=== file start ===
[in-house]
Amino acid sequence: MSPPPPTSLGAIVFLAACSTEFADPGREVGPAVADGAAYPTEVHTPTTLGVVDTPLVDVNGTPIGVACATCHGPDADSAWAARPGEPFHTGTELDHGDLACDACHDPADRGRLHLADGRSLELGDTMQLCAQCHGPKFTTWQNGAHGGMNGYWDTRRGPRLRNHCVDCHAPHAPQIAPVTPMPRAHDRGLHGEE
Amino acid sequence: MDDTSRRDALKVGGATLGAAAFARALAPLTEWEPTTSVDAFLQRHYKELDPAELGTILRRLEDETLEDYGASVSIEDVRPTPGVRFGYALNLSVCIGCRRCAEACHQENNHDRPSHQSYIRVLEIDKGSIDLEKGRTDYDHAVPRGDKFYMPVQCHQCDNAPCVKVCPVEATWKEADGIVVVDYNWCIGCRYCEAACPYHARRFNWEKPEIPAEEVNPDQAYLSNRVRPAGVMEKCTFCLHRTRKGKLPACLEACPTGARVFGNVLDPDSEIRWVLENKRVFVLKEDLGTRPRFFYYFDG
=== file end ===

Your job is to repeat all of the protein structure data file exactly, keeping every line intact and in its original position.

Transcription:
[in-house]
Amino acid sequence: MSPPPPTSLGAIVFLAACSTEFADPGREVGPAVADGAAYPTEVHTPTTLGVVDTPLVDVNGTPIGVACATCHGPDADSAWAARPGEPFHTGTELDHGDLACDACHDPADRGRLHLADGRSLELGDTMQLCAQCHGPKFTTWQNGAHGGMNGYWDTRRGPRLRNHCVDCHAPHAPQIAPVTPMPRAHDRGLHGEE
Amino acid sequence: MDDTSRRDALKVGGATLGAAAFARALAPLTEWEPTTSVDAFLQRHYKELDPAELGTILRRLEDETLEDYGASVSIEDVRPTPGVRFGYALNLSVCIGCRRCAEACHQENNHDRPSHQSYIRVLEIDKGSIDLEKGRTDYDHAVPRGDKFYMPVQCHQCDNAPCVKVCPVEATWKEADGIVVVDYNWCIGCRYCEAACPYHARRFNWEKPEIPAEEVNPDQAYLSNRVRPAGVMEKCTFCLHRTRKGKLPACLEACPTGARVFGNVLDPDSEIRWVLENKRVFVLKEDLGTRPRFFYYFDG